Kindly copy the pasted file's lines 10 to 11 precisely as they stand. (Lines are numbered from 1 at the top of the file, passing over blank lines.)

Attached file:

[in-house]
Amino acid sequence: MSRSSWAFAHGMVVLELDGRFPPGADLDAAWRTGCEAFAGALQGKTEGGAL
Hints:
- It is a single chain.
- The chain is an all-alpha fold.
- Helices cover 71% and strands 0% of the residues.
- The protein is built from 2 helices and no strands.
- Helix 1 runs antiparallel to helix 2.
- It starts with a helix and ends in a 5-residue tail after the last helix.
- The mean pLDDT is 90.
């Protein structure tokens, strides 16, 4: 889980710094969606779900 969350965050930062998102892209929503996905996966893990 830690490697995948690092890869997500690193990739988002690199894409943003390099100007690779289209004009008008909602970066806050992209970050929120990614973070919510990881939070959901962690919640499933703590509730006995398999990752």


- The mean pLDDT is 90.
């Protein structure tokens, strides 16, 4: 889980710094969606779900 969350965050930062998102892209929503996905996966893990 830690490697995948690092890869997500690193990739988002690199894409943003390099100007690779289209004009008008909602970066806050992209970050929120990614973070919510990881939070959901962690919640499933703590509730006995398999990752």